Nutrition Conference and Forced Hindsight

This story is a month old but due to some internet failures and travel craziness I haven't been able to post it in a timely manner. So we can all pretend that it is still late July...



Filen, Seko ni Donko am Balokonyuman

Le Bol Communal, L’Art et Une Meilleure Nutrition

The Communal Bowl Conference, The Arts and Improving Nutrition


                  Our conference took place this past Wednesday and, as was to be expected, addressed some interesting questions about both Malian malnutrition and the nature of doing “development work” in this country. The idea was to invite both local and international NGOs to a day-long conference here at Yeredon where they would collaborate with Malian artists to brainstorm possible future projects dealing with malnutrition here. In terms of NGOs, we invited Project MUSO, the Mali Health Organizing Project, Madame Togo (the director of an orphan dance group), and Dr. Akory IKNANE. Dr Akory IKNANE is a leading nutritionist in Mali and works for the INRSP, the main public health body here. The artists attending included

·       Joni Sissoko, a composer and arranger who is famous for his collaboration with Viviane Seck

·        Baisa Diallo, the director of the internationally recognized dance group Troupe District du Bamako

·       Issiaka Kone, comedian and internationally known actor

·        Troupe Fakoli, a traditional drum and dance group

·       Papi “Pap Coul” Coulibaly, a young rapper who presented a rap he’d written about the social responsibility of young people in Bamako and how imperative it is to stand up for what you believe in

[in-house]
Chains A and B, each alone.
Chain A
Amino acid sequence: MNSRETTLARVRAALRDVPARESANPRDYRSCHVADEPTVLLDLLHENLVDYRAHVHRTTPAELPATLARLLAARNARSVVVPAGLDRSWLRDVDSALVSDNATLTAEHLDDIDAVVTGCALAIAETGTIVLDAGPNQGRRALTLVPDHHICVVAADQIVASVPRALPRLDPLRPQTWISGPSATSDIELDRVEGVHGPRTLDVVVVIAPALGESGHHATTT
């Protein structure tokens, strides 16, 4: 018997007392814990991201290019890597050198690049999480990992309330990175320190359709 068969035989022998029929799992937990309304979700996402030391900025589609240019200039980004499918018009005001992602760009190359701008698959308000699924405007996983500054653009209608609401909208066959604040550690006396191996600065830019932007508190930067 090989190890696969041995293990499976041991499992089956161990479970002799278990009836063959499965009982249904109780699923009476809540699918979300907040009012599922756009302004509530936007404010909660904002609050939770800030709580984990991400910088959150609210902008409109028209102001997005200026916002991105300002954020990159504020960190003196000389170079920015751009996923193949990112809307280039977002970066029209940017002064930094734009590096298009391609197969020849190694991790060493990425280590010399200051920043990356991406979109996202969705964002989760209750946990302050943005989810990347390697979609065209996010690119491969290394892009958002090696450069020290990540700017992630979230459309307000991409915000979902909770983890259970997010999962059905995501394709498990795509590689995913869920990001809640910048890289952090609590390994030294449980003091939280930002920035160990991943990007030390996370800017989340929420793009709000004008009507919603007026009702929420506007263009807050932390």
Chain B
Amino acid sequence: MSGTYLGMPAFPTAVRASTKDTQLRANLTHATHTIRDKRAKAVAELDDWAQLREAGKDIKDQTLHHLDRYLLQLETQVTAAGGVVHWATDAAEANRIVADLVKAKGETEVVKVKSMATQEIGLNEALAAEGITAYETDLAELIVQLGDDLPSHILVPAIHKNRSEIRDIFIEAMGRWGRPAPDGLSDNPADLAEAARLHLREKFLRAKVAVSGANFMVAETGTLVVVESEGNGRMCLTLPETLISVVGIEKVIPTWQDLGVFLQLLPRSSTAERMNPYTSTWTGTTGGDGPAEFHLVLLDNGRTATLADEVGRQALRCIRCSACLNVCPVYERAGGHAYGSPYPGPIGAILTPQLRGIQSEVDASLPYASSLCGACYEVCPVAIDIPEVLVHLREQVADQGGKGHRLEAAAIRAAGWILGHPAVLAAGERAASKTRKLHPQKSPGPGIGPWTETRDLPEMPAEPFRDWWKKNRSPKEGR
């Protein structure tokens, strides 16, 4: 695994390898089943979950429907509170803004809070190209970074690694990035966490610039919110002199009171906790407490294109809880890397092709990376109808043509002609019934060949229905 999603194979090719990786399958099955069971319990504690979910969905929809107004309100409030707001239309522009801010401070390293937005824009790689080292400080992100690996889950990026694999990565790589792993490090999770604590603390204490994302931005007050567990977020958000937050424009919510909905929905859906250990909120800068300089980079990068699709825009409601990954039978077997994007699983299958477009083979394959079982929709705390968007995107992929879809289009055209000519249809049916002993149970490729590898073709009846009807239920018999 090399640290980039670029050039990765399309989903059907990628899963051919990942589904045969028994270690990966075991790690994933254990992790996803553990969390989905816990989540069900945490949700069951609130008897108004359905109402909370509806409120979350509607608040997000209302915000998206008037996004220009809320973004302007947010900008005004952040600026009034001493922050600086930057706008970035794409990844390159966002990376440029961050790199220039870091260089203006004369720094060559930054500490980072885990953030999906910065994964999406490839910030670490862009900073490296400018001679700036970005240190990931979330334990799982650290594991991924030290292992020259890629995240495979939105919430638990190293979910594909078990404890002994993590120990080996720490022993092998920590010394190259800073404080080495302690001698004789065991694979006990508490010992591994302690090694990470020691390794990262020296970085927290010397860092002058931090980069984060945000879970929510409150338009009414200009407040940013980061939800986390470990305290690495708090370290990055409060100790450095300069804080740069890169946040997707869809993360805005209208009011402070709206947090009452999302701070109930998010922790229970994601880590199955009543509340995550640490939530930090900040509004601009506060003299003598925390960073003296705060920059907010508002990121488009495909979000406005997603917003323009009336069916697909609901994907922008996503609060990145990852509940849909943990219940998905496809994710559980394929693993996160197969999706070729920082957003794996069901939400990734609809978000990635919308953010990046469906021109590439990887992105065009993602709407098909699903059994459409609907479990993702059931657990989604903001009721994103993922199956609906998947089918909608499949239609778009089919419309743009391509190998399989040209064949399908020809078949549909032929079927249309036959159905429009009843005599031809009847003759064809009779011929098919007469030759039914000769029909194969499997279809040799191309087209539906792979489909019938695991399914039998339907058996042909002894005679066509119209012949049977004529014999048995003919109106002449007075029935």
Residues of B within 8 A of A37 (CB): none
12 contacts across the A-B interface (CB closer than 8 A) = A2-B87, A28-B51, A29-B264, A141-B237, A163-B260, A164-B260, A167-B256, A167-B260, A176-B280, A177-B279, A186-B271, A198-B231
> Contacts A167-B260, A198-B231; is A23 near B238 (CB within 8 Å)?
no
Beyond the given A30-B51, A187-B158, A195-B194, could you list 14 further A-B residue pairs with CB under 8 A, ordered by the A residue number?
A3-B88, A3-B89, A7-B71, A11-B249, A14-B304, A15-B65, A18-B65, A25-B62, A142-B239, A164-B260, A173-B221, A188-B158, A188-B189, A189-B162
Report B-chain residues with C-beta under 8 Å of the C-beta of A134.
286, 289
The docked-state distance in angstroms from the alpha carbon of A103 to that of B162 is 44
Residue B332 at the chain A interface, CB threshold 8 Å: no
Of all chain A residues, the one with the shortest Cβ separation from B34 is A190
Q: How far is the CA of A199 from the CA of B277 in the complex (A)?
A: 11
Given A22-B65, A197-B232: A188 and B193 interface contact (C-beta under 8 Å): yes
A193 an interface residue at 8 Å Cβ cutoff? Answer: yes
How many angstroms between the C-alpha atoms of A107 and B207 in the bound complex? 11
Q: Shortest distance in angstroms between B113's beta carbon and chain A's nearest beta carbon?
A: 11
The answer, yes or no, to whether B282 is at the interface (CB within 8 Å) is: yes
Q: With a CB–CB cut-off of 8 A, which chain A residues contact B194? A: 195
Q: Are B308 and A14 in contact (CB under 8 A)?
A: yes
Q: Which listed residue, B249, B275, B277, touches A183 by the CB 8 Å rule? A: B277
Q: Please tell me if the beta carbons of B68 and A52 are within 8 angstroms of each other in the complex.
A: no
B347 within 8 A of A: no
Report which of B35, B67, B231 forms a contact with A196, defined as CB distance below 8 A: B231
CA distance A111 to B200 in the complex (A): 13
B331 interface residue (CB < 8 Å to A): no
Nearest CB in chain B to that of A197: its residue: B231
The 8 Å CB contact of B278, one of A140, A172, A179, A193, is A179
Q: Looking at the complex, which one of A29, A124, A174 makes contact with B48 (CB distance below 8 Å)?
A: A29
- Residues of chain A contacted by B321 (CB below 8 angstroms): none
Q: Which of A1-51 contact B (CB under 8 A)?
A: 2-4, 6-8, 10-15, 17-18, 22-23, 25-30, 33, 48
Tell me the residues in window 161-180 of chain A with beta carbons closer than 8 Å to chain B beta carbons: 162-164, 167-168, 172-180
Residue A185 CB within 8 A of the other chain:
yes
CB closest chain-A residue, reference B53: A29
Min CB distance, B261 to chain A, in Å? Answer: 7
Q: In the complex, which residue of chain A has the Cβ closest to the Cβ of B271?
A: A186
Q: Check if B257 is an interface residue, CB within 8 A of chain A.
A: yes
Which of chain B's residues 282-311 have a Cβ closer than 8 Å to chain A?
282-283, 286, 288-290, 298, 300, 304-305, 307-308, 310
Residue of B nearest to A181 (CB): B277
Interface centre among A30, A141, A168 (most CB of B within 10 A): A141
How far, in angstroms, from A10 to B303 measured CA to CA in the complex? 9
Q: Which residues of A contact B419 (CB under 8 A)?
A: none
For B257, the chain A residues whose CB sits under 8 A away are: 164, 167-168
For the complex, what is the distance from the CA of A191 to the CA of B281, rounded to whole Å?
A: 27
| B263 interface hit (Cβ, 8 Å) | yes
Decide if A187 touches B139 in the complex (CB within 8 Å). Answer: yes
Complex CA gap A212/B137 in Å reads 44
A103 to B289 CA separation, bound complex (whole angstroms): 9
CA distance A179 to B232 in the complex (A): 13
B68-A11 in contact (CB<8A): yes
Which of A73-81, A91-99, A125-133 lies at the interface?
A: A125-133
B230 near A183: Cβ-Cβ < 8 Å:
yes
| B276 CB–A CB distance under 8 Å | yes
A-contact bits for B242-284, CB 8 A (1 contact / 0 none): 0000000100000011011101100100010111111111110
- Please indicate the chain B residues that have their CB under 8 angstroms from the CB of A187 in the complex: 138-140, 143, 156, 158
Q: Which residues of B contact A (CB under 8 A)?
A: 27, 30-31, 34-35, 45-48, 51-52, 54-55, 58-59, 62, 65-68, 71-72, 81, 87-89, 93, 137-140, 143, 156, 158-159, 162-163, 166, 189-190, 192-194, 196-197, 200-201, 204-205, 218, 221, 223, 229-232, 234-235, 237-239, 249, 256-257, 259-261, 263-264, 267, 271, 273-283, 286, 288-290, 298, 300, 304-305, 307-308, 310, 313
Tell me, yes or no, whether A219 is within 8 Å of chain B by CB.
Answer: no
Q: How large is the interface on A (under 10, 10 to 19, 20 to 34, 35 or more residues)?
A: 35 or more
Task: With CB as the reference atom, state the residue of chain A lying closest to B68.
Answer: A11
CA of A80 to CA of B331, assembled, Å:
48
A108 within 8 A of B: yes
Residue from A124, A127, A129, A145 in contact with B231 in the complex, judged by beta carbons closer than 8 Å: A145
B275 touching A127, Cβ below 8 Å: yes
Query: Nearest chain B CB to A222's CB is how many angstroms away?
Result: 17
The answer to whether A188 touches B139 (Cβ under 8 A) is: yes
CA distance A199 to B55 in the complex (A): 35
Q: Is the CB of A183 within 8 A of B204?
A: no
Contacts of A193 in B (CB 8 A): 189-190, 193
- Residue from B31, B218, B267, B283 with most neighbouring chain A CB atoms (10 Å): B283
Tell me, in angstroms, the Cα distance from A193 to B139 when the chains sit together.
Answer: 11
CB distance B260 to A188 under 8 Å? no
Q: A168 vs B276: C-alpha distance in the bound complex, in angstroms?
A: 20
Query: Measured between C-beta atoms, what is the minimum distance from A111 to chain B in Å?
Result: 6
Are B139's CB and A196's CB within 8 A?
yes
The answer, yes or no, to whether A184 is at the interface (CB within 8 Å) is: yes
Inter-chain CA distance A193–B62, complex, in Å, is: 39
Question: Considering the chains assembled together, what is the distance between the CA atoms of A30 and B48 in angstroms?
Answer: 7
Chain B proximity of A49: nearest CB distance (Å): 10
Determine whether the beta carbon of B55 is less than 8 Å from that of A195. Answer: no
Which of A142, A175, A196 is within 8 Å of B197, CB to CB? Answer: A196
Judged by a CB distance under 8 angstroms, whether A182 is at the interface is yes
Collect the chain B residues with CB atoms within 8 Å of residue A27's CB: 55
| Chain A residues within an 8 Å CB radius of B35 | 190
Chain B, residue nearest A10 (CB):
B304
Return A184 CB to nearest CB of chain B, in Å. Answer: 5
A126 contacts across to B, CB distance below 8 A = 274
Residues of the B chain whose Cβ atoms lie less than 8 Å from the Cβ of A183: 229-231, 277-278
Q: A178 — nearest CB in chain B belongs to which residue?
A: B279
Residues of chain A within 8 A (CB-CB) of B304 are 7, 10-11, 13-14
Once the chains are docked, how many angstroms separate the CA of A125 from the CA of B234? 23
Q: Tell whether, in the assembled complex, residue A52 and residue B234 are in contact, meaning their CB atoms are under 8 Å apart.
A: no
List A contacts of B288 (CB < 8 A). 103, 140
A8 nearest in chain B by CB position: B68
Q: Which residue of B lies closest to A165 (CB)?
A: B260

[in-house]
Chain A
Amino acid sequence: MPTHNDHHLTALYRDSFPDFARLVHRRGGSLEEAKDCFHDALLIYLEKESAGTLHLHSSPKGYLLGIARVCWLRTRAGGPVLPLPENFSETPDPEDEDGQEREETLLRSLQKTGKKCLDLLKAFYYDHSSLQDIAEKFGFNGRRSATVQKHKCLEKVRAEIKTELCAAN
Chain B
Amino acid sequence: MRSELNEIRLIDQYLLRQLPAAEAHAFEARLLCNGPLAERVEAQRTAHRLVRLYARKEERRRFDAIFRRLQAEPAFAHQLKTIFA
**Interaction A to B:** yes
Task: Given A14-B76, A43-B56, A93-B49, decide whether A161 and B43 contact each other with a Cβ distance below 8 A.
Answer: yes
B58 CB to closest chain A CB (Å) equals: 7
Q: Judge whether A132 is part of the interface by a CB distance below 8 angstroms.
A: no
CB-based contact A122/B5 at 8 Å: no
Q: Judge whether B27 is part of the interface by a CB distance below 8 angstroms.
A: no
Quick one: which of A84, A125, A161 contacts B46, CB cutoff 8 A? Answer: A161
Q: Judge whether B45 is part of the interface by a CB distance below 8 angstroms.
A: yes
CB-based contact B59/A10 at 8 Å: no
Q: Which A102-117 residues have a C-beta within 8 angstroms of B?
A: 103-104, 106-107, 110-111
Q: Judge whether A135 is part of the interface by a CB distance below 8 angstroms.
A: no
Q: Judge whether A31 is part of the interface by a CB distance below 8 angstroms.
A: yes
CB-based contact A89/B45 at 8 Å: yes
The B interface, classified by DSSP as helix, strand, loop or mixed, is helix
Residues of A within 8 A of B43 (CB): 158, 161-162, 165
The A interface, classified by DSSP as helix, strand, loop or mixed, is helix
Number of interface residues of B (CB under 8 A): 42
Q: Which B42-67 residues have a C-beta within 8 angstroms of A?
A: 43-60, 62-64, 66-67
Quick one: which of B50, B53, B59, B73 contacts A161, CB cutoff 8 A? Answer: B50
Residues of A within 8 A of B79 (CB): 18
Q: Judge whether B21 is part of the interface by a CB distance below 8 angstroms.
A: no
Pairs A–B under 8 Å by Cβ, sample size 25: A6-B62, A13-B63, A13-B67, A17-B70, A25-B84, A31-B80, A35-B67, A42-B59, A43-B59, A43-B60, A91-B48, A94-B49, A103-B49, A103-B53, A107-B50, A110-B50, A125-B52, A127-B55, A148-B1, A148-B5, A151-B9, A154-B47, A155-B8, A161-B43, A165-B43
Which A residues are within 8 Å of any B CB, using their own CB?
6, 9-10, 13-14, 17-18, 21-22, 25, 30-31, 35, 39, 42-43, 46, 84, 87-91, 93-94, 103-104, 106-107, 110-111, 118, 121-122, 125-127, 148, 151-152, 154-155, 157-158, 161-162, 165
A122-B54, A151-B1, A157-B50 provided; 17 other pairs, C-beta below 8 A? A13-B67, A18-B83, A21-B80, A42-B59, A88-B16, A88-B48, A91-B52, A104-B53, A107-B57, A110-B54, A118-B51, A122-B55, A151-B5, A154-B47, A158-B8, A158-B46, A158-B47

There were also other dancers, singers, musicians, actors, and comedians in attendance, but these were some of the most vocal ones. The day began with everyone trickling into Yeredon for breakfast around 10 in the morning. It was really incredible to watch the social hour before the conference even began because the truth of the matter is that NGOs and artists would not meet each other in many other circumstances. Development workers and artists don’t really have overlapping social circles here. After everyone had eaten, we all went upstairs to the dance studio to listen to some ngoni playing and then to begin the introductions to the conference. Sekou Camara served as the English/French/Bambara moderator and began by explaining the goals of the day and introducing the participants to one another more formally. Dr. Akory, our keynote speaker, then began his address.

A brief summary of his message: Malnutrition in Mali is both an issue of resources and of education, but the educational issue is more pressing. This is demonstrated by the fact that even rich people in Mali are malnourished because they simply do not eat nutritious food. For example, there was a study done here in Bamako on school-age kids of different socioeconomic groups. The richer kids would buy croissants for snacks and the poorer kids would buy benye (fried millet dough) for snacks. While neither of these is particularly nutritious, it was found that the kids eating benye actually had better nutritional levels. Although money is an issue here in terms of food, Dr. Akory suggested that education is of equal if not more importance. Another interesting point of the lecture had to do with clinical psychology. The word for malnutrition in Bambara, balokojuguya, literally translates to “not giving good food” or “not giving kids the right food,” and therefore is often taken by women as an attack on their mothering skills. Malnutrition is, therefore, very hard to address in Bamanakan without offending women. Paradoxically, however, it is the women who have some of the greatest power to change their families’ nutritional habits because they are traditionally charged with buying and/or making the food.  Dr. Akory therefore said that one of the greatest contributions that artists could make to the national fight against malnutrition would be to come up with a better word for the issue in Bamanakan and then publicize this new perspective using artistic tools such as comedy and song.